Subject(s)
Antibodies, Viral/blood , COVID-19 Vaccines/administration & dosage , COVID-19/prevention & control , Immunogenicity, Vaccine , Immunoglobulin G/blood , Renal Dialysis , Renal Insufficiency, Chronic/therapy , SARS-CoV-2/immunology , Vaccination , /administration & dosage , Aged , Aged, 80 and over , /immunology , Biomarkers/blood , COVID-19/immunology , COVID-19/virology , COVID-19 Vaccines/immunology , Female , Humans , Immunocompromised Host , Male , Middle Aged , Renal Dialysis/adverse effects , Renal Insufficiency, Chronic/immunology , Retrospective Studies , Spike Glycoprotein, Coronavirus/immunology , Time Factors , Treatment Outcome , United States
15.
Saudi J Kidney Dis Transpl ; 32(3): 744-753, 2021.
Article in English | MEDLINE | ID: covidwho-1662743

ABSTRACT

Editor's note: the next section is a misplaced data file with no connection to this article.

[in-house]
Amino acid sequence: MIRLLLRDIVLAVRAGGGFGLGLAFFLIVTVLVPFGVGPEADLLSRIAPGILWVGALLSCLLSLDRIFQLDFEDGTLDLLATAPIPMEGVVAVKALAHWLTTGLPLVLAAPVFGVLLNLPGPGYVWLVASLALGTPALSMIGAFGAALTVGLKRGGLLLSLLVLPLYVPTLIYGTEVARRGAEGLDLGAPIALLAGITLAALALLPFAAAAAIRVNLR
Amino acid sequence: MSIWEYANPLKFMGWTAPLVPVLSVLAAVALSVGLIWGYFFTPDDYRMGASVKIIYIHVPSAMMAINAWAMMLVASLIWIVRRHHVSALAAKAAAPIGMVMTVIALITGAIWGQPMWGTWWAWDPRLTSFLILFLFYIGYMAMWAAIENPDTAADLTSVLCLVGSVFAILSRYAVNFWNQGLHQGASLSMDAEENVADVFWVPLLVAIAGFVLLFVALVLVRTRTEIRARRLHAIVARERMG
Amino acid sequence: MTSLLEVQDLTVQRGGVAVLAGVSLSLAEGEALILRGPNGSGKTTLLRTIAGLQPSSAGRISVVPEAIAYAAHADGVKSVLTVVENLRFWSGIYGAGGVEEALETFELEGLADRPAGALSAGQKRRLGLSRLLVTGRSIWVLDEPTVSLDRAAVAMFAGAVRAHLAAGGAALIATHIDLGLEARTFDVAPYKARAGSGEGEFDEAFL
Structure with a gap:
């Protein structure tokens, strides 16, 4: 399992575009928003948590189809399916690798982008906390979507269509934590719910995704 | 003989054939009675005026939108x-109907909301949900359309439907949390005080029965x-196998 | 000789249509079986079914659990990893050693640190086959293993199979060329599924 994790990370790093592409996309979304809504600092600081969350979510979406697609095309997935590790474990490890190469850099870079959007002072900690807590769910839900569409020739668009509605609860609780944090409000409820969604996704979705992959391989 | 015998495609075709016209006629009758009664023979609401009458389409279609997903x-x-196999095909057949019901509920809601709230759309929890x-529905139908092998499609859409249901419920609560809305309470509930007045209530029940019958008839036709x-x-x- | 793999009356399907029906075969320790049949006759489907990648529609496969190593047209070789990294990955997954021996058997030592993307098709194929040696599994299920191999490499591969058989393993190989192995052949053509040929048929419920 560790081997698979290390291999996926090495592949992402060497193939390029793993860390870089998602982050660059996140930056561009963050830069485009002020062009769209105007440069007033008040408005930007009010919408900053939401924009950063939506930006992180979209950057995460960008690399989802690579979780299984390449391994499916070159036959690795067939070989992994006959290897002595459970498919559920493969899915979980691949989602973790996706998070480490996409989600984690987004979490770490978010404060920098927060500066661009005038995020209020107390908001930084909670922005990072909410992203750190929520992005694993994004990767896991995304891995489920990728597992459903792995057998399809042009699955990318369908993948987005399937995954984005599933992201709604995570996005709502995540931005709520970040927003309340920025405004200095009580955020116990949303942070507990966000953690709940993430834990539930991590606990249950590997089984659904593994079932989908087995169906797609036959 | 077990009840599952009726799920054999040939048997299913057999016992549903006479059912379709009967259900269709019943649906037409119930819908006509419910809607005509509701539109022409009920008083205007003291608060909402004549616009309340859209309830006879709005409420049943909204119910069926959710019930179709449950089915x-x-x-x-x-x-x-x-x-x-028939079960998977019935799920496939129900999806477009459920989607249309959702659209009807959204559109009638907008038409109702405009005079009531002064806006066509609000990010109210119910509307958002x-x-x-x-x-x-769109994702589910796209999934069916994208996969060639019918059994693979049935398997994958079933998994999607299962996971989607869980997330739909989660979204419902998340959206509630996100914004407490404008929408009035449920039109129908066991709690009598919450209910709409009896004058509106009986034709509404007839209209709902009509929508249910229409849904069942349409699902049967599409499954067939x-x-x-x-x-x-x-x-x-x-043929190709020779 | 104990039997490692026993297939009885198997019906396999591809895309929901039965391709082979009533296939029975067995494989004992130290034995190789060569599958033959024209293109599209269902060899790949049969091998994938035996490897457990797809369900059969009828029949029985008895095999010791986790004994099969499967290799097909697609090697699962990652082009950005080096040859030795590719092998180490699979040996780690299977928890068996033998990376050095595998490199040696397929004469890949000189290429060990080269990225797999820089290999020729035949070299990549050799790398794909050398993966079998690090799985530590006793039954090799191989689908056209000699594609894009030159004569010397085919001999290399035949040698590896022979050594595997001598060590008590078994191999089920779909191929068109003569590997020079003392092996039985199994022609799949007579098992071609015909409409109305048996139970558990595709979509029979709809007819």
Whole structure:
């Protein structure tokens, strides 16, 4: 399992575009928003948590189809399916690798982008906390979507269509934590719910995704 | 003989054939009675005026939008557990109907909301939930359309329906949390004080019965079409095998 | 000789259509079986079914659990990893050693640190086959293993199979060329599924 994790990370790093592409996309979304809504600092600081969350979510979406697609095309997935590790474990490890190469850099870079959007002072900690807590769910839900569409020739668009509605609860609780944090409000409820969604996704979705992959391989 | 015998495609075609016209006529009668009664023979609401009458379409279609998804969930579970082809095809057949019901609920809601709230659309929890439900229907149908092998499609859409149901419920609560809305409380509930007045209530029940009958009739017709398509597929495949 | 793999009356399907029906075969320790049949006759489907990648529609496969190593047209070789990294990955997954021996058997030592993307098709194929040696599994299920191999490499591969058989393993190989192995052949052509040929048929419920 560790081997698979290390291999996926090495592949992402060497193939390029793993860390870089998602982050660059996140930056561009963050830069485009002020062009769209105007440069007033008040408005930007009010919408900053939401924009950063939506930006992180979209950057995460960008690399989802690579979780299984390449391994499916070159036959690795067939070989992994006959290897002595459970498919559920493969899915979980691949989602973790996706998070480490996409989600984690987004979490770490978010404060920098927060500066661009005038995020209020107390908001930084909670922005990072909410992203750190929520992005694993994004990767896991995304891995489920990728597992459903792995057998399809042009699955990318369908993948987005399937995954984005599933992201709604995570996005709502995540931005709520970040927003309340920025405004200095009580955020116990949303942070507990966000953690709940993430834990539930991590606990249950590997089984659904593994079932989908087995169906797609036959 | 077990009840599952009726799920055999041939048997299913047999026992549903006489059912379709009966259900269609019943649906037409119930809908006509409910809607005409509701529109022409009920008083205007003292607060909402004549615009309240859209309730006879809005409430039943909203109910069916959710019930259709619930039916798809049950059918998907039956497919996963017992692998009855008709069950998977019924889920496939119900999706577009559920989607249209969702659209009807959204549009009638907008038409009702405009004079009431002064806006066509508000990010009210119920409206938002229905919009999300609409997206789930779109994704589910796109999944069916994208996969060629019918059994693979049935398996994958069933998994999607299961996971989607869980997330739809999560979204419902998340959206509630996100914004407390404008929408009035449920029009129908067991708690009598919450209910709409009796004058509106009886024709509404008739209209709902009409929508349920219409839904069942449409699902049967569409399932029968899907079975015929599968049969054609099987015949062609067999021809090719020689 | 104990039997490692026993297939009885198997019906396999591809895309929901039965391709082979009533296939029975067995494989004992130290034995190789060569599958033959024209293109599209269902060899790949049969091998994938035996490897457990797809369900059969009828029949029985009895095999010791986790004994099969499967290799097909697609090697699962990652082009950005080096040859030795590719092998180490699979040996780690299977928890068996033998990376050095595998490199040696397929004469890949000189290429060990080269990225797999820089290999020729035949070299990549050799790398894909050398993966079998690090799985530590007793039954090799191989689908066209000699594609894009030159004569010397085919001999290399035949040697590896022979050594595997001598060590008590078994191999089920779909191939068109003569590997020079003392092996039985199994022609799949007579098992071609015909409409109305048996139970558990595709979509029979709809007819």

People with comorbidities are more prone to severe coronavirus disease 19 (COVID-19) infection. Chronic kidney disease (CKD) patients are commonly associated with other comorbidities such as diabetes mellitus, hypertension, or cardiovascular disease. However, there are limited data about the clinical features and laboratory parameters of COVID-19 in CKD patients. The primary objective was to study the admission clinical and laboratory parameters of COVID-19 in CKD patients. The secondary objective was to correlate the clinical and laboratory parameters at admission with mortality in CKD patients. Data were collected retrospectively from patients' medical records between July 2020 and October 2020. All CKD patients with either COVID-19 antigen or reverse transcription-polymerase chain reaction-confirmed infection were included in the study. Demographic, clinical, and laboratory data were recorded. Data of deceased and recovered patients were compared and analyzed. The mortality rate due to COVID-19 in CKD patients was 34.44%. CKD patients presented with atypical symptoms such as dyspnea (78.88%) and fatigue (73.33%) being more common than fever and sore throat. Elderly patients with comorbidities were at a higher risk of mortality (P = 0.003). CKD patients requiring renal replacement therapy (RRT) were at a higher risk of mortality than those who did not require RRT (P = 0.02). High values of high-sensitive C-reactive protein, lactate dehydrogenase, neutrophil-lymphocyte ratio, and red cell distribution width at admission were associated with a higher risk of mortality. Liver dysfunction and hypoxia at admission were also associated with a higher risk of mortality. Logistic regression analysis showed that improvements in serum albumin, serum sodium, and serum lactate were the best predictors of recovery among cases of COVID-19. In the absence of a definitive therapy or vaccine, CKD patients should be advised to follow strict social isolation practices as per the recommendations for the high-risk group of patients. These practices should be extended to dialysis units as well, which are a major hub for outbreak of infections. A meticulous triage of patients should be carried out after acquiring proper medical history because this will help to identify patients who are at an increased risk of poor outcome of the infection. Furthermore, they should be given more aggressive treatment and access to intensive care unit upon diagnosis of infection.